For people unfamiliar with it, the Pilates exercise routine may conjure up images of twisting torsos and gym junkies, but a local fitness instructor says those notions may be misunderstandings.

Reed Flanagan, a physical trainer and owner of St. Simons Pilates & Yoga on St. Simons Island, said the routine is gaining popularity, and people just starting out at the gym, as well as veteran athletes, can benefit.

“The essential premise of Pilates is that it’s a neutral spine exercise that activates the core muscles while moving the arms and legs,” Flanagan said Monday at his studio on Union Street on St. Simons Island. “It’s a resistance exercise, so it’s low-impact, works every muscle group and can help with balance, coordination and even breathing.”

Pilates, while gaining popularity, has been around for almost a century. The exercise regime was created by Joseph Pilates, a German who immigrated to the United Kingdom in 1912. Pilates worked as a self-defense instructor for detectives at Scotland Yard, but with the outbreak of World War I, he and other German nationals were labeled “enemy aliens” and sent to internment camps.

During his internment, Pilates worked as a physical therapist at a hospital. He found a way to rig springs to hospital beds for patients to use in regaining their strength.

When the influenza epidemic of 1918 hit the U.K., Pilates noted that none of the patients using his spring-bed device died, and pointed to that as proof of its effectiveness.

“A lot of the patients couldn’t move their arms, so he was doing a lot of training,” Flanagan said. “When he figured out he could attach springs with handles at the ends, that allowed the patients to work themselves out.”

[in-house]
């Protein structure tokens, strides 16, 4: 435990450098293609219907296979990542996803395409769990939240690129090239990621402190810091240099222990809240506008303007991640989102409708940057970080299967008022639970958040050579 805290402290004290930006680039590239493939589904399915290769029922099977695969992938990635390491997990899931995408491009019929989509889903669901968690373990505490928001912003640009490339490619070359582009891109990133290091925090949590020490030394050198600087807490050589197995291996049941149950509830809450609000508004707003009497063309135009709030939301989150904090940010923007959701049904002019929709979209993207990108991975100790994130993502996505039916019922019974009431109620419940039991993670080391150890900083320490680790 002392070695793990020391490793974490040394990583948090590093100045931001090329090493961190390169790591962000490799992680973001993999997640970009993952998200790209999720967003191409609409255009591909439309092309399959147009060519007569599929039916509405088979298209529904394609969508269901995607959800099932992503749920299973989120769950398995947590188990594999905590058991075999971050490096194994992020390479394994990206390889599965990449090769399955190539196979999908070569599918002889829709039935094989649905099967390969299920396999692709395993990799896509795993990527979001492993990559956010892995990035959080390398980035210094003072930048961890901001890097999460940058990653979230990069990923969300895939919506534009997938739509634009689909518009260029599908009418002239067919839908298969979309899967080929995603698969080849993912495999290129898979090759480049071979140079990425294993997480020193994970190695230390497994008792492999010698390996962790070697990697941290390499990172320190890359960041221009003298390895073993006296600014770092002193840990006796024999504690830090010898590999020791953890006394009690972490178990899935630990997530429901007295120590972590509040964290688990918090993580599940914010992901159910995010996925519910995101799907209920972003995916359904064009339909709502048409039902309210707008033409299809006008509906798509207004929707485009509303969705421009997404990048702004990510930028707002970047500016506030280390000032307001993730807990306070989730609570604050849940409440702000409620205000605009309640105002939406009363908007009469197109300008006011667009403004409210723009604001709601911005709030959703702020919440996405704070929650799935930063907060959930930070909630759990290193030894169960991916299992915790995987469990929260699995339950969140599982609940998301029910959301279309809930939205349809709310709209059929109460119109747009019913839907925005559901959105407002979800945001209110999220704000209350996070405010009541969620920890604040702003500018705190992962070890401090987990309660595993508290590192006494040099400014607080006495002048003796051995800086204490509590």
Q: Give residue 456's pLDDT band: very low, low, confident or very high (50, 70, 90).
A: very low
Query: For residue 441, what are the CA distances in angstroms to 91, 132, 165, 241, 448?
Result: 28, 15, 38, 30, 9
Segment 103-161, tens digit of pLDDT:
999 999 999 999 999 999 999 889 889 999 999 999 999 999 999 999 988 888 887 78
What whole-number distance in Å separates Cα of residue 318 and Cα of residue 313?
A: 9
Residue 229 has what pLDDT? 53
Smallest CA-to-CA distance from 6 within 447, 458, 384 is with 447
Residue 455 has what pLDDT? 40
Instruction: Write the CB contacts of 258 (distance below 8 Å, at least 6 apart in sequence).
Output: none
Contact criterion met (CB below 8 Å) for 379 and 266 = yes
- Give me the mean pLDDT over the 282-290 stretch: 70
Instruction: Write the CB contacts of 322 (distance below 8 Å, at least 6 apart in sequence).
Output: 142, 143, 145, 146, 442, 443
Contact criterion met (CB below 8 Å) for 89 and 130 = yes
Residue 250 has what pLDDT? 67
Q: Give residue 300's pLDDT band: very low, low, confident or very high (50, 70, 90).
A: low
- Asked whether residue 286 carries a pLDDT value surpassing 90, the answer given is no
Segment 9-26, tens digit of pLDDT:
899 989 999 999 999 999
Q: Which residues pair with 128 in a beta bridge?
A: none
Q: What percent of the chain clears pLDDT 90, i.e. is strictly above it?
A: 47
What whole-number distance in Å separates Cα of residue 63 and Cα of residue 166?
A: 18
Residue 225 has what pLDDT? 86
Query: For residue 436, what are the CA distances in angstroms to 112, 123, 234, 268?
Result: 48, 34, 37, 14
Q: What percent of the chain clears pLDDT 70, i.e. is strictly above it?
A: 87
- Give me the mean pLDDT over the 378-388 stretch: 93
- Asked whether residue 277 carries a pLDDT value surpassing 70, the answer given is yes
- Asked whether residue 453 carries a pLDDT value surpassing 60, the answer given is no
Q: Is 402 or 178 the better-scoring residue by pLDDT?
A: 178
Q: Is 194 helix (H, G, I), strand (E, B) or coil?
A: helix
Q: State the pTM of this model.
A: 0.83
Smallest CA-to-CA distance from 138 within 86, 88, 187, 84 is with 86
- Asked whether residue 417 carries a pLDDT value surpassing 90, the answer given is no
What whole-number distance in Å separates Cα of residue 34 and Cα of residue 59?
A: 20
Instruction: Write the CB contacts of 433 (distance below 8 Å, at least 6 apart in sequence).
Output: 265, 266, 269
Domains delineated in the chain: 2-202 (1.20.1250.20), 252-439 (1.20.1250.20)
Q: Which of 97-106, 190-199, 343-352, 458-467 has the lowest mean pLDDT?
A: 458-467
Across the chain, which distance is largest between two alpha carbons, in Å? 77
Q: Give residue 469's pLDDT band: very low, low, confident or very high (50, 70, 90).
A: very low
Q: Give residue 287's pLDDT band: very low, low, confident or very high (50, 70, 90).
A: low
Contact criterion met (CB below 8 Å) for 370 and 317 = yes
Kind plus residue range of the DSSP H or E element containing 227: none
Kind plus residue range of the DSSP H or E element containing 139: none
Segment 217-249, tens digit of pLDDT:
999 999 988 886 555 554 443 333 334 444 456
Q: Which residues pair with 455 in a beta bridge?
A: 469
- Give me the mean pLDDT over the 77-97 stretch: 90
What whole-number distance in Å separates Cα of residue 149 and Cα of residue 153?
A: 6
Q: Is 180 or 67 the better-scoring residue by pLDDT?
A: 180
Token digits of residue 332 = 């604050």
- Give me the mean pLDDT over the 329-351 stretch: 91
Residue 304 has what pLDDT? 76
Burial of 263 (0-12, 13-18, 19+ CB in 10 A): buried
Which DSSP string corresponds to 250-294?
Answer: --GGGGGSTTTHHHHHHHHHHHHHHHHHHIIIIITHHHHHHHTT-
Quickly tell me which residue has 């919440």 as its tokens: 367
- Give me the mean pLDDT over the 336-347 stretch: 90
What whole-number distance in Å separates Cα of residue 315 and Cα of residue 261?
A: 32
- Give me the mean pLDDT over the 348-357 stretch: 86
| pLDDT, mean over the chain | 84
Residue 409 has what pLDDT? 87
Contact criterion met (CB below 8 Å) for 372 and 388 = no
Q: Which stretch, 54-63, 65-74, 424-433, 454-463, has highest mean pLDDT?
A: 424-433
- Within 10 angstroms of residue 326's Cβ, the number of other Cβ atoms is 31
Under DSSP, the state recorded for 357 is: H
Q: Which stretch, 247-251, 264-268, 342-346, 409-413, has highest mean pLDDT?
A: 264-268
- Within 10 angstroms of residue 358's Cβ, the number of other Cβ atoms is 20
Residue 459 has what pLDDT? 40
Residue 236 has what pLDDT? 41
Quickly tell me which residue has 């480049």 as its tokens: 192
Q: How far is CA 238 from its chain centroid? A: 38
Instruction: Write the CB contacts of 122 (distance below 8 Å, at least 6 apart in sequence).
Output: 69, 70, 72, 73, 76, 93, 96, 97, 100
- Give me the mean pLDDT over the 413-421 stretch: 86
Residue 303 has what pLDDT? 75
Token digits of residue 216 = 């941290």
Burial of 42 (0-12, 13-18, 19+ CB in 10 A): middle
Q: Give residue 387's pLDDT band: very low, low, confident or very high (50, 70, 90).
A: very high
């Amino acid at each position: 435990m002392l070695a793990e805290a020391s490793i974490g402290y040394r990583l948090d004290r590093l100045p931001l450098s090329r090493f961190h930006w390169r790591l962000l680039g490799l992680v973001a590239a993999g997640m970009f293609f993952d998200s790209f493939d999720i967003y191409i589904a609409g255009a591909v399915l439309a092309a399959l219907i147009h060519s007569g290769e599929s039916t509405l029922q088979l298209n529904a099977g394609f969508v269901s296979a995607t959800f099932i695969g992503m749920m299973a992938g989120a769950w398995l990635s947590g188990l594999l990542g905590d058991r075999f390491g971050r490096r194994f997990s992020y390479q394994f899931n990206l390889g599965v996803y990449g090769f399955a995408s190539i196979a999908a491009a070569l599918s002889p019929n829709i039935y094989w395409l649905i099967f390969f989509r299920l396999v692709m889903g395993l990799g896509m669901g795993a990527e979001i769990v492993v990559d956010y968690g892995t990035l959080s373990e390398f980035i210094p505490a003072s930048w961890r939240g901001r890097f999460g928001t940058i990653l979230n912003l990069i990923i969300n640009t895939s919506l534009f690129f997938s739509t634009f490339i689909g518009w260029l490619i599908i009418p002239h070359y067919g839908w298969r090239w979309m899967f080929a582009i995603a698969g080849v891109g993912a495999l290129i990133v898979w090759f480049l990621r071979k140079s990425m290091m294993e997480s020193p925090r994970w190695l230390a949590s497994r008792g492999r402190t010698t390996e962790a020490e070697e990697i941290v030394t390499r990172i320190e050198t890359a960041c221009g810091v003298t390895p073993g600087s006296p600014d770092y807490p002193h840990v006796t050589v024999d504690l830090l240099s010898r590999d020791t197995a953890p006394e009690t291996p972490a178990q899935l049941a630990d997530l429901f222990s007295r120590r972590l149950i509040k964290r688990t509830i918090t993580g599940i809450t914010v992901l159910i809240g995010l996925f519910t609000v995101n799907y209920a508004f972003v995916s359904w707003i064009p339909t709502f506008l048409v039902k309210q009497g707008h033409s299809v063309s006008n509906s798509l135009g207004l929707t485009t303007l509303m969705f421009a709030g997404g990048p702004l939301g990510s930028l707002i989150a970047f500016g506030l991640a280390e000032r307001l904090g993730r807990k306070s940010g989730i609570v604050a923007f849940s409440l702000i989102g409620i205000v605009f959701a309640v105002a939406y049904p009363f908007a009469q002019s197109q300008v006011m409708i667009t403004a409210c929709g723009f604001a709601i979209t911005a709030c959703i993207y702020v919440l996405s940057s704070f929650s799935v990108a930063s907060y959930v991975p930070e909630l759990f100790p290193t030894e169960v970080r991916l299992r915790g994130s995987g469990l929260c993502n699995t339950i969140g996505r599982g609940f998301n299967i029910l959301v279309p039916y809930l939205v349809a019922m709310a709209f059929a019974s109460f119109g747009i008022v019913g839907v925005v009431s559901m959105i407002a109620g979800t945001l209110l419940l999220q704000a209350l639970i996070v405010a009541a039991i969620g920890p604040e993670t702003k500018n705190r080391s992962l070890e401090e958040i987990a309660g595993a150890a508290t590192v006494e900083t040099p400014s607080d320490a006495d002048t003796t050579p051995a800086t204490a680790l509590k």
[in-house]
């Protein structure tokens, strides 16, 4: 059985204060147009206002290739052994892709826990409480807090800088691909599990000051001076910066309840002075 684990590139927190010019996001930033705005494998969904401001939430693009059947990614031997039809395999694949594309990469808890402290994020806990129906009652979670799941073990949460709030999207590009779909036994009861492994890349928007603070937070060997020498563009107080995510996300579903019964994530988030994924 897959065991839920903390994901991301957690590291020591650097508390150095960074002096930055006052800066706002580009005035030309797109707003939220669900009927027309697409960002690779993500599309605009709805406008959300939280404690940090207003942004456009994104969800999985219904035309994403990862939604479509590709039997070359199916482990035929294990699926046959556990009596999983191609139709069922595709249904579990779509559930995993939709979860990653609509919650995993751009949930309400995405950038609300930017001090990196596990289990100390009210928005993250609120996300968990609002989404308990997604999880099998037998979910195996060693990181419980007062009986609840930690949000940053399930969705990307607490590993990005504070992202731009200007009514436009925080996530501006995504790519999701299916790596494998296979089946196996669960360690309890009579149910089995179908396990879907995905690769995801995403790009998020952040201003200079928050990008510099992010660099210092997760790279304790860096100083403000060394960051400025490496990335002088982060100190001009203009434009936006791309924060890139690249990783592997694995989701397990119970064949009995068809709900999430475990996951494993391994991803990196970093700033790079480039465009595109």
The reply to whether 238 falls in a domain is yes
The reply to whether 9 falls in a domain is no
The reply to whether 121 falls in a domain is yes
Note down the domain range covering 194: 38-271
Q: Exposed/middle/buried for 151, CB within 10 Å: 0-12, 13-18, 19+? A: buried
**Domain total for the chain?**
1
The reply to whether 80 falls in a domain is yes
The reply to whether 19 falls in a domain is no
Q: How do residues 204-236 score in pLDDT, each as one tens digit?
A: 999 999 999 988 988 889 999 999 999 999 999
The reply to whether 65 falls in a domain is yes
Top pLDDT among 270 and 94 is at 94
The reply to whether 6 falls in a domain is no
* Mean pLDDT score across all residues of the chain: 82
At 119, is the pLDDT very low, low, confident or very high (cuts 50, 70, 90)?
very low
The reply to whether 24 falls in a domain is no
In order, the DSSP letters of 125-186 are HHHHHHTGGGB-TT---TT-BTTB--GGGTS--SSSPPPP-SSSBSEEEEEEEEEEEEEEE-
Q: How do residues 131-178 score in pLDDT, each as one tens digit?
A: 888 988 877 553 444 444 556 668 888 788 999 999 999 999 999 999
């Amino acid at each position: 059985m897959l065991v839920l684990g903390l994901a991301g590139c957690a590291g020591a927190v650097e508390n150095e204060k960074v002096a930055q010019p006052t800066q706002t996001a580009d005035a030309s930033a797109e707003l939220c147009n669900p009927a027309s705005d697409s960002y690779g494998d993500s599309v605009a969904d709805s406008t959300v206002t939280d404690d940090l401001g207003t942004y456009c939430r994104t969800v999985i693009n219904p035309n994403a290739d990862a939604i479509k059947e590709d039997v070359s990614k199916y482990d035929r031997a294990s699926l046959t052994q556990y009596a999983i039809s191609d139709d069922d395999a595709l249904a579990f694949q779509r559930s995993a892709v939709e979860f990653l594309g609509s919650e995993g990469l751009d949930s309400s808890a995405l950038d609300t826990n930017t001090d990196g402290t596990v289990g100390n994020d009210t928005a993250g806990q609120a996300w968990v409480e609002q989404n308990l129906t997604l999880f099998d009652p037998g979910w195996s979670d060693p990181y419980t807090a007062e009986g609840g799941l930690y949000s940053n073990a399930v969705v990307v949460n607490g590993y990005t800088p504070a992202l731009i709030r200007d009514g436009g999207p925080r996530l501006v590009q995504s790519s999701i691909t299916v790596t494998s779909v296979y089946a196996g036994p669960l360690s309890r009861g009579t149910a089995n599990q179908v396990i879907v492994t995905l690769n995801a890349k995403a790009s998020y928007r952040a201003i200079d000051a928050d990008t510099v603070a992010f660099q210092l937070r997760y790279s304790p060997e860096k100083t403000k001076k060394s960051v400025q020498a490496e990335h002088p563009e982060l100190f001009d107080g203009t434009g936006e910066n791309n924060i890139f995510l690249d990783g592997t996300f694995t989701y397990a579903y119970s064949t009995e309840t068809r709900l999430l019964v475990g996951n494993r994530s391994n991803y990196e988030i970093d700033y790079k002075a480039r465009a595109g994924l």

The innovative device eventually became known as a Pilates reformer — a machine widely used in the practice today. Pilates moved to New York City in the mid-1920s, and brought with him his reformer machine. As fate would have it, he opened a studio in a space shared with the New York City Ballet.

Soon, the dancers started using the machines, and later Hollywood actors helped propel its use nationwide.

“Today, there are a lot of NFL players and baseball players that use them,” Flanagan said, mentioning Chicago Cubs’ pitcher Jake Arrieta’s frequent use of Pilates reformers.

The machines look similar to a rowing machine, but work differently. The user lays on his or her back and pushes against a bar at the end of the machine to exercise the legs. A network of springs can add resistance and tailor the difficulty of the routine to each user. At the top of the machine, stirrups for the hands can give a workout to the arms.

Primarily, the machines work the body’s core muscles, Flanagan said.

“When most people think of the body’s core, they think of the abs, but really it’s the whole way around,” he said. “Think of the core like a Coke can: The diaphragm is the top of the can, the middle is the abs and the muscles around your back, and the pelvic floor is the bottom.”

There are various routines and ways to use the machines, but the greatest benefit, Flanagan said, is it teaches the user control.

“A lot of exercise accidents happen because there’s almost no control at the end of the motion,” Flanagan said. “When people are lifting weights in a bench press, for example, there’s not a lot of control as people are lowering the weight, and that’s what leads to things like shoulder injuries.”

With Pilates reformers, the springs allow for a more fluid control, particularly at the end range of motion, he said.

The machines can also be modified to give the user a more cardio-heavy workout. Most sessions on a Pilates reformer last about an hour, and can be specific to the user’s fitness needs.

While there aren’t many gyms that offer Pilates reformers in the Golden Isles, their popularity has grown in cities like New York, Miami and Los Angeles, Flanagan noted. He expects to see more cities catch on to the trend.

“They’re getting more and more popular, and I think in the next few years you’ll probably see an explosion of people using them,” he said.